In a way, the RSS has radically altered its fundamental objective. Today, it is far more concentrated on controlling counter narratives in order to perpetuate its own narrative. This is a strange form of exercising power, where the regime constantly generates imagined enemies and a sense of urgency to combat them. The so-called defiant individuals who make up this anti-nation have been foisted with the burden of proving their fealty.
Niccolo Machiavelli, the 15th Century Italian diplomat and historian, had said, “Everyone will be in my party without knowing it.” This Machiavellian logic dictates the terms of being Indian today. This twisted logic requires the press to be neutralised by the press itself. Journalism’s power is sought to be transformed into ‘journalism incarnate’. Like the Hindu god Vishnu, the press is re-imagined as a hundred-armed figure. Each arm stretches out to shape every variety of opinion into something that confirms to the regime’s worldview.
As Machiavelli had noted, the subjects in such a regime may think that they are speaking in their own language when in fact they are speaking the language of those in power. Those who think they are marching under their own banner, will be marching under the dominant order’s banner. Machiavelli would exult in the context of today’s India. Maurice Joly, the French satirist, says in his Dialogues in Hell between Machiavelli and Montesquieu: “I direct opinion at will on all questions of external and internal policy. I awaken people’s minds or lull them to sleep. I reassure them or confuse them. I plead for and against, the true and the false.”
It is in this context that the replacement of history by a compendium of myths should be seen. It is happening in step with propaganda subsuming news. History and news aid the creation of identity and knowledge, but even a remote possibility that either of them may unsettle the regime are being characterised as thought processes emanating from the imaginary anti-nation.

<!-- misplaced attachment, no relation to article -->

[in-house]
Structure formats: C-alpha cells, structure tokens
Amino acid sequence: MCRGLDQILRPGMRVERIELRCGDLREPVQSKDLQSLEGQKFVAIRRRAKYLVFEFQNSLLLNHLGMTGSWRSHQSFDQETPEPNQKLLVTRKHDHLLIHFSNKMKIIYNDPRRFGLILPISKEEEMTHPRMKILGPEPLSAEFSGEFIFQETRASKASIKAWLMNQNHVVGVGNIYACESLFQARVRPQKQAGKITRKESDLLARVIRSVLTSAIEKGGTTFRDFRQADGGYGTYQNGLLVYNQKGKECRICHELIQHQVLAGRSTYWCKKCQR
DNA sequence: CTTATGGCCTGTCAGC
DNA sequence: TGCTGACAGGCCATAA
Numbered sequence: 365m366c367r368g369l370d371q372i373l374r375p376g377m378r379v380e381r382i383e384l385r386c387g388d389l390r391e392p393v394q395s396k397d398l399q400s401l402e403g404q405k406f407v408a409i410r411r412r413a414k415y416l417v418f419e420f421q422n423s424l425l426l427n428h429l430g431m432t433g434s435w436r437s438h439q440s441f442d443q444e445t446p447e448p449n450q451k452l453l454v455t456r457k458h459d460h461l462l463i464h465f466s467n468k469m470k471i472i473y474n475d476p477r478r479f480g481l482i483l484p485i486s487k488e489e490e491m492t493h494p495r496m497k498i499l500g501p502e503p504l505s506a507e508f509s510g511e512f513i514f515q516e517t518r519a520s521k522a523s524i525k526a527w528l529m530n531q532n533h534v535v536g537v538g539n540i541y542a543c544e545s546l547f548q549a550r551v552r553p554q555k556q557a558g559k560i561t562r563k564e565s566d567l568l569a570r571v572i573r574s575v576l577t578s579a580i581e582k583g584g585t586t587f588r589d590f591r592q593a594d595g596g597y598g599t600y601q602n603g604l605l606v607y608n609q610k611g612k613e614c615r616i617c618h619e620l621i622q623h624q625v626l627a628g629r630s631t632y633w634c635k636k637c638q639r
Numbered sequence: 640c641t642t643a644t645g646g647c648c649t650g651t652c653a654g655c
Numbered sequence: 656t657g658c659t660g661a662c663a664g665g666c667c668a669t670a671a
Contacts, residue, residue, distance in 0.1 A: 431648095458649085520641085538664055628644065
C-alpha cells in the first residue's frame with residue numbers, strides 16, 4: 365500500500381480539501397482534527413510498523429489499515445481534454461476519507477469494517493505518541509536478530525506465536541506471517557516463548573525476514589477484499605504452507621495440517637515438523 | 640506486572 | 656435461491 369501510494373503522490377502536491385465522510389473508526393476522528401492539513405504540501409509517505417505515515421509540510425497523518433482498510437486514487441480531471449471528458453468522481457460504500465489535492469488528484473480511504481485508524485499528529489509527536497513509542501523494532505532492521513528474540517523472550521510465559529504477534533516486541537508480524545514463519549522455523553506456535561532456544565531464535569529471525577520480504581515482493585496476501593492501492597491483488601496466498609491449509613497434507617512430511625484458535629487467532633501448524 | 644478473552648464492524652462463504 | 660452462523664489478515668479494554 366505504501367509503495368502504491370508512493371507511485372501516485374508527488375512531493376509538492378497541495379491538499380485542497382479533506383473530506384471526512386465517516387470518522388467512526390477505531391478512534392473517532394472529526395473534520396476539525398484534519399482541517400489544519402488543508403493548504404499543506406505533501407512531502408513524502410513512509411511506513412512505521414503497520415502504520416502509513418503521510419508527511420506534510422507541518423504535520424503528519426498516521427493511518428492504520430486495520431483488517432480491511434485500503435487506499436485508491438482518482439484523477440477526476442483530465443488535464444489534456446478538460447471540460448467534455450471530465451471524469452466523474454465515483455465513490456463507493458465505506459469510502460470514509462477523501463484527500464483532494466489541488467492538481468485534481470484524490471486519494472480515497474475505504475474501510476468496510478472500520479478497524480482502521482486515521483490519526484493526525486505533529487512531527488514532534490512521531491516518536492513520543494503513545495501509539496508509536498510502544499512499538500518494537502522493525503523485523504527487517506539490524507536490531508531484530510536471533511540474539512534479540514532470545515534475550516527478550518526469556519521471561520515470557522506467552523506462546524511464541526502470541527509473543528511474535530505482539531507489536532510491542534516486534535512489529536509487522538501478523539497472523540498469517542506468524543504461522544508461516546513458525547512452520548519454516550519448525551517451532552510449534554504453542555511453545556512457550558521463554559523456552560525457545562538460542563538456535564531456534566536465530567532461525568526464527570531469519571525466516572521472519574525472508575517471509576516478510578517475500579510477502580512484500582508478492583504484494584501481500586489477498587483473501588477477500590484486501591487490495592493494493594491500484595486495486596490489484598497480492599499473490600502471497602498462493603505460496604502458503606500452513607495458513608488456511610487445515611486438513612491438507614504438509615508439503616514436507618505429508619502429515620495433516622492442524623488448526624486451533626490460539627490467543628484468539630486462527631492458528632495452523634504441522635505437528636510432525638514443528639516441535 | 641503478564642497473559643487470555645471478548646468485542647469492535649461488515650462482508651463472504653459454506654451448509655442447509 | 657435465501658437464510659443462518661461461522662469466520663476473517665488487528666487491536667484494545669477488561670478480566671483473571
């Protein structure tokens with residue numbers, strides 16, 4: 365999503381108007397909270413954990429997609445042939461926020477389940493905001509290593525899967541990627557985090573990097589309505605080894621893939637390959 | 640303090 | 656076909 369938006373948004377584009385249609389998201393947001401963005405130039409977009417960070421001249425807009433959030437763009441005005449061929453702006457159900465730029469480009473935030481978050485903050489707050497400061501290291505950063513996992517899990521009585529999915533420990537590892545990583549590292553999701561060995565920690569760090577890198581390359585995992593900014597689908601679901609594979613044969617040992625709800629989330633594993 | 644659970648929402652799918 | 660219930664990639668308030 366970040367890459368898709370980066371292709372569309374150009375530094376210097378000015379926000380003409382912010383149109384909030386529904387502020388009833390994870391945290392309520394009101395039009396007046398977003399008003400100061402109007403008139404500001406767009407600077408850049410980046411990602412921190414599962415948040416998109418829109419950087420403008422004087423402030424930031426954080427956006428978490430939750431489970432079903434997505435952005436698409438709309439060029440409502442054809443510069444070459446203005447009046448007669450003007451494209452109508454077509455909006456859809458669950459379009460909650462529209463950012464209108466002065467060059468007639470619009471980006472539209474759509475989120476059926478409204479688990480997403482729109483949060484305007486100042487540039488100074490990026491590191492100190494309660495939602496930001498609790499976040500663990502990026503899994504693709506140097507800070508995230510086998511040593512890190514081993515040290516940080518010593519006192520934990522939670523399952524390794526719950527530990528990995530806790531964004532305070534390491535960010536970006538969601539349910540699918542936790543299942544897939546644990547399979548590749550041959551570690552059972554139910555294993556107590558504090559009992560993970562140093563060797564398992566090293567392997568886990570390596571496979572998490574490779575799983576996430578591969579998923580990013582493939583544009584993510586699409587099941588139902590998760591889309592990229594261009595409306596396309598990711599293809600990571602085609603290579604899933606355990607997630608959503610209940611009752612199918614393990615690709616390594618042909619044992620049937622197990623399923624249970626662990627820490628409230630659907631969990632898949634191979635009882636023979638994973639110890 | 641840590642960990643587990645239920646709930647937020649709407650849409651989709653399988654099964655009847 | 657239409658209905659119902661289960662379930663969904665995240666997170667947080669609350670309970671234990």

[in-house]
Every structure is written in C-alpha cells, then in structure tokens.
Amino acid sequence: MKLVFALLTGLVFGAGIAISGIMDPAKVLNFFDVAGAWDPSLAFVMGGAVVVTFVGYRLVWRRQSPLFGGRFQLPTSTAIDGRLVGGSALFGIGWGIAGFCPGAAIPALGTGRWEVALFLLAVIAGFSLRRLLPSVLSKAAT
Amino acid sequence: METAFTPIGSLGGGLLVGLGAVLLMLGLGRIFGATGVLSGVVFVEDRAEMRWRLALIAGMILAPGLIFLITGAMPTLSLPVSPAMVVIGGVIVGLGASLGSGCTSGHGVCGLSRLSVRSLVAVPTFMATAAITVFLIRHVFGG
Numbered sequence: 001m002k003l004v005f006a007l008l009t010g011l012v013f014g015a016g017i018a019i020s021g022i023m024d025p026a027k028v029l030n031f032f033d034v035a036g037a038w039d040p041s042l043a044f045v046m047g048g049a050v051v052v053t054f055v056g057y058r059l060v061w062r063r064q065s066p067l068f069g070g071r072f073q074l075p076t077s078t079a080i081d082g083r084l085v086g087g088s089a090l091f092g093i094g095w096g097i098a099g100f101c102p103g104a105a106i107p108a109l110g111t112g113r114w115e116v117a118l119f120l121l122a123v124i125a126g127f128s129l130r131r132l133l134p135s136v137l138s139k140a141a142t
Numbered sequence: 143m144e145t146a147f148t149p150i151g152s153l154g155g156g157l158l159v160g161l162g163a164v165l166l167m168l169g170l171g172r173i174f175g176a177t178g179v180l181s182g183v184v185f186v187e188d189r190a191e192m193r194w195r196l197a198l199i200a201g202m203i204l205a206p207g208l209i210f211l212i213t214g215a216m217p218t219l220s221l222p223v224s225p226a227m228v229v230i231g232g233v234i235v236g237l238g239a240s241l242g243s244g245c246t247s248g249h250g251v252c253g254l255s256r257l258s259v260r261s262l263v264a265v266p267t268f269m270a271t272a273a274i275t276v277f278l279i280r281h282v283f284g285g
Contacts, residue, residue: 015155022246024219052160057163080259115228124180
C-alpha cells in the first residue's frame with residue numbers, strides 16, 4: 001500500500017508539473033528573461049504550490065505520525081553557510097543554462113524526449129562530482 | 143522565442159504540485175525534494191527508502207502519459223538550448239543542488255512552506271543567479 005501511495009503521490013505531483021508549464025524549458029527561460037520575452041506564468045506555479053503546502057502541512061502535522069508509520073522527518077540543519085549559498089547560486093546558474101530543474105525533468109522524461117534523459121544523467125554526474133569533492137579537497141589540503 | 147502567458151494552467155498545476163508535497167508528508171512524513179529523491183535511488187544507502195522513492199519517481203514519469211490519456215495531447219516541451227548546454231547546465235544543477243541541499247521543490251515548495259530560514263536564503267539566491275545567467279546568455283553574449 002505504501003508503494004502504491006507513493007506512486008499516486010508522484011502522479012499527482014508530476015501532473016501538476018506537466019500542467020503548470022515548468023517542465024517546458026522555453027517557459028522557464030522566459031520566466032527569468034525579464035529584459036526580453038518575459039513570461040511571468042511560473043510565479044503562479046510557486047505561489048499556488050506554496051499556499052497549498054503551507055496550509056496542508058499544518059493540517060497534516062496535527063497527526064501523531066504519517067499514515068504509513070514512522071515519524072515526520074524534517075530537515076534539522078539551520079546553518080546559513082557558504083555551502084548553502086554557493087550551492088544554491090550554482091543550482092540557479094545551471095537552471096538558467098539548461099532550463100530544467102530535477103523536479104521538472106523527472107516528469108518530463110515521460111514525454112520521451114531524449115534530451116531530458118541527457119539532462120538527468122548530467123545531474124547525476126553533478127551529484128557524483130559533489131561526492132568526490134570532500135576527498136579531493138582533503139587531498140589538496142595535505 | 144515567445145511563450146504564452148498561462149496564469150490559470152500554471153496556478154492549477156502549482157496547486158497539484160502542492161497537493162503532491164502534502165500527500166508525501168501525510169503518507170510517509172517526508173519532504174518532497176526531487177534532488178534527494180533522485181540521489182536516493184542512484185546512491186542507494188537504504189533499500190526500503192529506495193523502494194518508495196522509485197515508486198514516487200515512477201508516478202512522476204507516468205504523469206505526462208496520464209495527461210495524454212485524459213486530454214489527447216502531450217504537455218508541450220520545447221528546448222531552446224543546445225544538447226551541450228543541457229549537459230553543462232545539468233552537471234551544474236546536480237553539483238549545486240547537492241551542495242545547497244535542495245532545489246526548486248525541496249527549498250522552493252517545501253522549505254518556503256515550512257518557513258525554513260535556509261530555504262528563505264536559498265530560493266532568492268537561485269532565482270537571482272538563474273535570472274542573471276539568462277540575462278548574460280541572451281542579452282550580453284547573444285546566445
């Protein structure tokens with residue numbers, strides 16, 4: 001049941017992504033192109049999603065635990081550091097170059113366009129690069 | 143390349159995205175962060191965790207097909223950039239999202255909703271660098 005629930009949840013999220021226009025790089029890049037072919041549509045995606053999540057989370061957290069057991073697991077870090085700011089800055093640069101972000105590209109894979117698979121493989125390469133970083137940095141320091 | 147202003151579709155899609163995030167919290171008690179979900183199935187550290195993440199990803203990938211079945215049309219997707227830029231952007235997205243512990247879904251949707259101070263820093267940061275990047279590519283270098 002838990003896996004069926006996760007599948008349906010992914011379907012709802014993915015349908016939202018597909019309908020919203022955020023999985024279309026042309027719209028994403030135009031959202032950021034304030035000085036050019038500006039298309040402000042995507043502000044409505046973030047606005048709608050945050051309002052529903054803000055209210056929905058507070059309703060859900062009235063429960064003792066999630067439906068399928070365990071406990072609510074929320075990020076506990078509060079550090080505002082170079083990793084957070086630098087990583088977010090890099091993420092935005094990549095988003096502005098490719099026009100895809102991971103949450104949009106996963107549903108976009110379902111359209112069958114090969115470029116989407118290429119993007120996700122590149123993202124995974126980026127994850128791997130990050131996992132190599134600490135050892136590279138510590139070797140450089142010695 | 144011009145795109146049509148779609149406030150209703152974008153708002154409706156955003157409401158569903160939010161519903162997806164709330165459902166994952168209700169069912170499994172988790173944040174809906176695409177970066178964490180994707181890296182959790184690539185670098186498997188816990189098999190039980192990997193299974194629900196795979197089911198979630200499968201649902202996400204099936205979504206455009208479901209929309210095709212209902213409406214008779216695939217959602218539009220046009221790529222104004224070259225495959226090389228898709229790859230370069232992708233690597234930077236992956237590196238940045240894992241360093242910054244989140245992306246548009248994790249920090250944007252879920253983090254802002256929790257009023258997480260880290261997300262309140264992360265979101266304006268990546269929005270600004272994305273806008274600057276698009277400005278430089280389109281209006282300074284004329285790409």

The 19th Century French political theorist Pierre-Joseph Proudhon had said, “The nation, in effect, gets likened to a herd of sheep where ‘glory, the most foolish of divinities and the most murderous, [takes] the place of liberty’.” Proudhon’s words would ring true for many a dissenting or disagreeing Indian today. The nation is constantly being projected as under threat while the dominance of those in power is rising in proportion.
Such a regime makes conventional ways of reclaiming history from the clutches of its abusers virtually impossible. This is why the Nehruvian notions of unity in diversity and harmonious coexistence have been falling upon deaf years. To speak of heterogenous histories will be seen as an expression from the ‘anti-nation’.
To many, Indian history is replete with conflict—continuous or intermittent—between classes, castes, and communities. For them it is necessary that they choose sides in such historical struggles. But the RSS wants to perpetuate these conflicts, not undermine them.
What those who are branded as members of the anti-nation can do is recognise that they can blunt and undermine the vengefulness and violence of the privileged. They can recognise that their ideas perpetuate not historical privilege but an alternate vision of the nation. This vision departs from the norms of the existing one in that it can bond people to one another by their being made into victims and martyrs.